• When I was a child, everyone I knew spoke Cree

    I grew up in Misipawistik (Grand Rapids, Manitoba), an Inninew village of about 400 people. The village was separated by the Saskatchewan River, the reserve was on the south bank and the Métis community was on the north side. But at that time, we never identified as status, non-status or Métis. We were Inninew, Cree-speaking people. Our language identified us. In all the time I spent with my nookum (grandmother), I never once heard her say a word in English. People who dropped in to see her, spoke to her in Cree. She would not acknowledge a visitor if the person didn’t speak Cree to her. That was how she was: her home, her terms, her language. There were two families in our village that were Caucasian: the store owners. In those families there were three boys, blond as blond could be, and they spent as much time with us as they did at home. They all spoke Inninew, Cree with us. To us, their friends, they were just a whiter shade of Inninew. We never knew that outside of our isolated village we were different, until Manitoba Hydro arrived to build the Grand Rapids Generating Station. Manitoba Hydro created a tiered system in which they were on top, the workers they brought in were second, the Métis third and at the bottom were status and non-status people. The dam flooded more than 200,000 hectares of our land. Worst of all, we nearly lost our identity, our language.

  • Family Tree

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    I’m currently in the process of making contact with an aboriginal that aboriginal is inside of me. It’s my aboriginal heritage that I’m just discovering about five years ago my sister did our family tree and I’m a descendant from the hereditary chiefs of Iroquois people. Continue reading “Family Tree”

  • Our Thing

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    Till today we both moved to Canada my daughter speak mother language Mandarin, second language English, and last few days I try start to talk with my daughter Shanghai language. She’s excited to know it. Continue reading “Our Thing”

  • Authentic Contact

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    And truly try to fully integrate and recognize indigenous people as who they are, the founders of this nation and possessors of values and ideas that would truly do a lot to make Canada the great nation we try for it to be. But again I think ultimately it comes down to if real progress is to be made, if real reconciliation is to be made, it takes real authentic contact between peoples instead of thinking of each other as different or being separate. I think a lot of the barriers, a lot of the problems, a lot of the issues would fall apart if people just sat down and got to know each other in a more meaningful way. Continue reading “Authentic Contact”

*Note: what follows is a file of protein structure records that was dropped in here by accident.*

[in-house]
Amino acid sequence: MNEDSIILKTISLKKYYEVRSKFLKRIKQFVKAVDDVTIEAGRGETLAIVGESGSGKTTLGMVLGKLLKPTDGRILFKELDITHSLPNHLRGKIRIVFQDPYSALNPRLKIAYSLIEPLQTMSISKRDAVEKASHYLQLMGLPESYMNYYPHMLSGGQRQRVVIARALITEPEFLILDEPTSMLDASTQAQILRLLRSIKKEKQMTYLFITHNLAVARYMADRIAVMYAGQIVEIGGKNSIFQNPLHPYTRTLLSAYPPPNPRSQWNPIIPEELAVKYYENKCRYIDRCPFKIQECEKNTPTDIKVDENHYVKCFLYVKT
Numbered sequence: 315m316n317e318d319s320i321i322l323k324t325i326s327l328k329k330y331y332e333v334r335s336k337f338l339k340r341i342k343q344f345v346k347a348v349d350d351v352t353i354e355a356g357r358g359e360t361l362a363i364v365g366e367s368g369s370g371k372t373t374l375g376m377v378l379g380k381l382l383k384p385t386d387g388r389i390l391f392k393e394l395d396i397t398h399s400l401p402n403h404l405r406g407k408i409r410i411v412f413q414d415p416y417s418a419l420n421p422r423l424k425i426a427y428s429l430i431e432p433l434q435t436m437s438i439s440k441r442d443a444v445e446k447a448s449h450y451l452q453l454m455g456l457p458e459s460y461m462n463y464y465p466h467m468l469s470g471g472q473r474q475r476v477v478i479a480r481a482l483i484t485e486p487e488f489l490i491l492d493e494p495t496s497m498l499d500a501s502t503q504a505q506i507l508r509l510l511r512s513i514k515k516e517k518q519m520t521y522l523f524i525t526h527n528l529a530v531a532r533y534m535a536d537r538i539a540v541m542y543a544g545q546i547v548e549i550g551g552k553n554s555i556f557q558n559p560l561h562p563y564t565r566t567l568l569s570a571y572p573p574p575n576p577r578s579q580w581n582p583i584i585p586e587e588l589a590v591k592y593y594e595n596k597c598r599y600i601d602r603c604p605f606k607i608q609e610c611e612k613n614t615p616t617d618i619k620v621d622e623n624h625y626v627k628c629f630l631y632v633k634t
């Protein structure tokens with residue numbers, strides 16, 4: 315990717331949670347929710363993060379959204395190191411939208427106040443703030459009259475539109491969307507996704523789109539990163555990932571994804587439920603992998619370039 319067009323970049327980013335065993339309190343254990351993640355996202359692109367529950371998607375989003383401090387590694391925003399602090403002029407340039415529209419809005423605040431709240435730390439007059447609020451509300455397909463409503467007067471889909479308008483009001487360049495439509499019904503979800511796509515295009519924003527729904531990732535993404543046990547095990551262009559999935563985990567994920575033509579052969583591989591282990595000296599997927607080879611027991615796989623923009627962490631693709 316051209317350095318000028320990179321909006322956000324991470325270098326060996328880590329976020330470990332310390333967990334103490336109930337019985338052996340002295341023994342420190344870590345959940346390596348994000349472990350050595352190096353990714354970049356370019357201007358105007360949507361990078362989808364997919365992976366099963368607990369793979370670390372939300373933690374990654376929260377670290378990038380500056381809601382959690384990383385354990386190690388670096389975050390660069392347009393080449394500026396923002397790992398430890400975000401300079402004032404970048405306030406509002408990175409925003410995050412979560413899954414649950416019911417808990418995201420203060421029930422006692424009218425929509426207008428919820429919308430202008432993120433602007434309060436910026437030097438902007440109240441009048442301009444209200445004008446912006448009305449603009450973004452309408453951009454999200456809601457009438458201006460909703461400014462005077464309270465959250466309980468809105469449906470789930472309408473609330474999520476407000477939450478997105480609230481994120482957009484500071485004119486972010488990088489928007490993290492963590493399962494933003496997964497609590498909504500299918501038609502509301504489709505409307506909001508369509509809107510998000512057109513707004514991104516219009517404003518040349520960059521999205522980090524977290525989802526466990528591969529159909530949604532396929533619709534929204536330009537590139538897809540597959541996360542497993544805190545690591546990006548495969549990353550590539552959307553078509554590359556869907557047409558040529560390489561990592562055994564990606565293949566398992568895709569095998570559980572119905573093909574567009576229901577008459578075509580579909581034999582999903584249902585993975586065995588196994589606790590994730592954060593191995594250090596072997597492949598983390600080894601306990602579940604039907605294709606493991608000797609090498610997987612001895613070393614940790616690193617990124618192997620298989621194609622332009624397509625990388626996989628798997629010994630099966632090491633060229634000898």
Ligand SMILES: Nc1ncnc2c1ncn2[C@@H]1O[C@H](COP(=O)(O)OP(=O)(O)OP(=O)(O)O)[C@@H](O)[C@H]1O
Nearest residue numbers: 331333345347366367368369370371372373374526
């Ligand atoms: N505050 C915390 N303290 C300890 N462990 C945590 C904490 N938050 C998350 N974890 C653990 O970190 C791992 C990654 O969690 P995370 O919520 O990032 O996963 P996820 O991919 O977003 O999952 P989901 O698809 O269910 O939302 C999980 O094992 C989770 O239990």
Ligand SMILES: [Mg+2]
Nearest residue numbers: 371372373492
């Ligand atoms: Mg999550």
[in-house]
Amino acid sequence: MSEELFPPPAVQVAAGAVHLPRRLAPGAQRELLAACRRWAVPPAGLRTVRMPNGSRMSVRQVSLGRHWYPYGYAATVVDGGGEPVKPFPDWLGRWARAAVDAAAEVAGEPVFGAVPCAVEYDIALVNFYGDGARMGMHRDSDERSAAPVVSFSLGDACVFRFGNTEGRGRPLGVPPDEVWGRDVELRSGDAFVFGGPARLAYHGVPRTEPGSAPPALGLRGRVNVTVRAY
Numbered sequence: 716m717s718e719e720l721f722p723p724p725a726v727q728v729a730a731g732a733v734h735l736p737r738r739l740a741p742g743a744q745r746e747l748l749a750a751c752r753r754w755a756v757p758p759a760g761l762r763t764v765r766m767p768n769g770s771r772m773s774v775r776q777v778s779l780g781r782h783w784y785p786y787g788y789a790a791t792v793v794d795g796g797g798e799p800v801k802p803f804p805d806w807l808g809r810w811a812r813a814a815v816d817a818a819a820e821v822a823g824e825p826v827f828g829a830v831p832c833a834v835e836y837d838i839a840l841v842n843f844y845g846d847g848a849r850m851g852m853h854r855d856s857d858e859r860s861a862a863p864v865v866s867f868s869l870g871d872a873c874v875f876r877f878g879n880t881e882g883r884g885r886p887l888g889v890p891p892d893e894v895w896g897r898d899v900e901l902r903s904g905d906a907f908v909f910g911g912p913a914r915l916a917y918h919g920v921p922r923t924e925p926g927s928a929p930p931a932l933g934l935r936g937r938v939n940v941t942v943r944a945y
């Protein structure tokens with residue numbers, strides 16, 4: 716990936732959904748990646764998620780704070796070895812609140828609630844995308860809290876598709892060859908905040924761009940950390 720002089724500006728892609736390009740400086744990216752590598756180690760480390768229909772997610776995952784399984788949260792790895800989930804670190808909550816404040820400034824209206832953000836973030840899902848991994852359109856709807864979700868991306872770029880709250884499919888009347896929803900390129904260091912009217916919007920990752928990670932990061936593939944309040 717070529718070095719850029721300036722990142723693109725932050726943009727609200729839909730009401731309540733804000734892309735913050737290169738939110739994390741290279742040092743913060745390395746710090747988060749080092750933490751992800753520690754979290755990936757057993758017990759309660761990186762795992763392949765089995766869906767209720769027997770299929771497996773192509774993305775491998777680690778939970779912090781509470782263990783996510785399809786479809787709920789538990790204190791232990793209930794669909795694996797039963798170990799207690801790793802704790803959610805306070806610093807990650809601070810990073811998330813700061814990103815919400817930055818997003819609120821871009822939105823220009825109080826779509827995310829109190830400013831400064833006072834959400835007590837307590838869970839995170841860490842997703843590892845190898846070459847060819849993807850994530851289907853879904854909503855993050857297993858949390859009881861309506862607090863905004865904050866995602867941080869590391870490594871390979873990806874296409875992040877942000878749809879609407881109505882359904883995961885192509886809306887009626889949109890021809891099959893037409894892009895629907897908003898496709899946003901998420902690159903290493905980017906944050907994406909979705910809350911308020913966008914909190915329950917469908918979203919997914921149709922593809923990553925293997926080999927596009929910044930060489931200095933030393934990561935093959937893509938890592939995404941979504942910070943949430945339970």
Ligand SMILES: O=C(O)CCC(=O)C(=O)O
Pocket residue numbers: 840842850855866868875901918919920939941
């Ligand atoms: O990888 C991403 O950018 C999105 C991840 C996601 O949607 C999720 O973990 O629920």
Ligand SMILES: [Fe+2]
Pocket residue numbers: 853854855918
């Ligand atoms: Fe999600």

• What’s that got to do with it?

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    We would be refused service, we would be thrown out of stores. Continue reading “What’s that got to do with it?”

  • Storyteller

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    What I was told by my grandfather is that, pre-contact, there was a man that travelled from village to village here and he claimed to be the son of God. He travelled and when he left our villages, he told the story that he would come back for us again. Continue reading “Storyteller”

  • Where are you from?

    At 24 I started to get used to people asking “Where you from?” After all, I’d only been an Indian for six years, and now had the Government of Canada letter to prove it. It read, “Congratulations! You’re now registered as an Indian under the Indian Act of Canada.” Before this letter, I didn’t look like anything except “out of place.” In my new legally recognized Indian Status, I was now equipped to answer anyone who asked “What are you?” One evening out with a friend, a fellow asked me, “We know your friend is Native, but we were wondering what you are?” I replied, “We noticed you too, and we were wondering if you’re white.”

  • Experience with Culture

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    Yeah, residential school we had a cavanagh that was an English, er, Irish, and Italian teachers and Mexican teachers and then from there we went, I went to school in Victoria. Continue reading “Experience with Culture”

  • Birthright

    In 1983 I returned to Pangnirtung where I was born in 1947 and stayed for a month with the daughter of the Inuit family who had worked for my parents. I went over to the fish and game office and bought a fishing licence for $10 and when my friend learned that I had had to pay for it she became upset and stormed back over the hill to demand that I be given the licence for free, as I had been born in Pangnirtung and was therefore entitled to the rights of native Pangnirtungmiut. To my relief, she was unable to convince the warden. But then I was unable to explain to her why the warden was, in my view, correct.

  • Prejudice Reversed

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    I came home one day from school and told my mother that we had show and tell and I told them I was aboriginal and that my uncle was a hereditary chief Continue reading “Prejudice Reversed”